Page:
Alternative models of evolutionary processes suggest different associations between species diversification and trait evolution, but limited empirical evidence is available to test these models across large clades at global extents. Here we investigate the relative timing of species diversification and niche and phenotypic evolution across a global plant radiation (Saxifragales) with enormous phenotypic and habitat variation. We demonstrate strong temporal lags among rates, with increased diversification occurring first, followed by niche and phenotype. Accelerated diversification rates are coincident with mid-Miocene expansion of temperate biomes. Later increases in niche and phenotypic evolutionary rates argue against density-dependent diversification alone, indicating a major role for ecological opportunity. These results have broad implications for understanding diversification processes and the origin of present-day temperate biotas.
Former lab member Richie Hodel was awarded the Florida Museum’s Austin Award for Research! Congrats Richie!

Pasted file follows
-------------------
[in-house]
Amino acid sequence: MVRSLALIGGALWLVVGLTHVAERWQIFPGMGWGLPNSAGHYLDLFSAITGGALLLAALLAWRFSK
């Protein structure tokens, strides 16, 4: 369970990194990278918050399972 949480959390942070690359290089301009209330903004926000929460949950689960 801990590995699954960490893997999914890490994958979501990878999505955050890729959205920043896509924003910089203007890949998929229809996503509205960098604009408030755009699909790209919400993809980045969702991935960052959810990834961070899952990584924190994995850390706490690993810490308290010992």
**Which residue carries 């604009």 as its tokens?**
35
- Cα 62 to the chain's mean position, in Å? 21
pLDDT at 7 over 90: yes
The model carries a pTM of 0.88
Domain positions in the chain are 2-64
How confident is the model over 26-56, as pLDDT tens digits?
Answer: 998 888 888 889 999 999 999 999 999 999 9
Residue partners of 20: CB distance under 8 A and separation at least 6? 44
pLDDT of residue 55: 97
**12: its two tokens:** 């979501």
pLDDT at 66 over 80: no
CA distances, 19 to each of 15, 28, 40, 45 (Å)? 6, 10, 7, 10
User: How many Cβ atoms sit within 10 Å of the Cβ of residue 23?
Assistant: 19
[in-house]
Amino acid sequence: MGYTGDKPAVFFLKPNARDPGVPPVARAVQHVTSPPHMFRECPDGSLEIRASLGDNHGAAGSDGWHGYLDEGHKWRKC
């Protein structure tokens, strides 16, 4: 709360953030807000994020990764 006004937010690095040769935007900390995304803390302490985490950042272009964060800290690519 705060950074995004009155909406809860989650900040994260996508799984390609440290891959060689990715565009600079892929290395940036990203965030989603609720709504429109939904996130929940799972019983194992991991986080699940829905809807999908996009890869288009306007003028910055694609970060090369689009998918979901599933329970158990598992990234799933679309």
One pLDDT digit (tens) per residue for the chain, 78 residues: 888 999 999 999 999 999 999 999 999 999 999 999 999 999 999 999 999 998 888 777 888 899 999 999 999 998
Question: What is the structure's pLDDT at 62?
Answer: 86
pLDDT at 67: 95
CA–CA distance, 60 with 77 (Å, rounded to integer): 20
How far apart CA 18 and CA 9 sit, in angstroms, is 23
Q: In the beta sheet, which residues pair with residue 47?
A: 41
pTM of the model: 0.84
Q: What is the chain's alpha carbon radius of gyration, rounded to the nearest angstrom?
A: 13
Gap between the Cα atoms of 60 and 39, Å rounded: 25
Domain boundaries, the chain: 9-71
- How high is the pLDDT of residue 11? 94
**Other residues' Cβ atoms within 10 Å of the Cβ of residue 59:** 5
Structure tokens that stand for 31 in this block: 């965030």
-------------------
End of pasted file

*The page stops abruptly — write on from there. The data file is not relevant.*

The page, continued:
Toward a large-scale and deep phenological stage annotation of herbarium specimens: Case studies from temperate, tropical, and equatorial florasMarch 29th, 2019
Divergent gene expression levels between diploid and autotetraploid Tolmiea relative to the total transcriptome, the cell, and biomass.February 19th, 2019
Visger, C. J., G. K.-S. Wong, Y. Zhang, P. S. Soltis, and D. E. Soltis. 2019. Divergent gene expression levels between diploid and autotetraploid Tolmiea relative to the total transcriptome, the cell, and biomass. American Journal of Botany [View on publisher’s site]
A chromosomal-scale genome assembly of Tectona grandis reveals the importance of tandem gene duplication and enables discovery of genes in natural product biosynthetic pathways.February 13th, 2019
Allen, J. M., R. A. Folk, P. S. Soltis, D. E. Soltis, and R. P. Guralnick. 2019. Biodiversity synthesis across the green branches of the tree of life. Nature Plants 5:11. [View on Publisher’s site]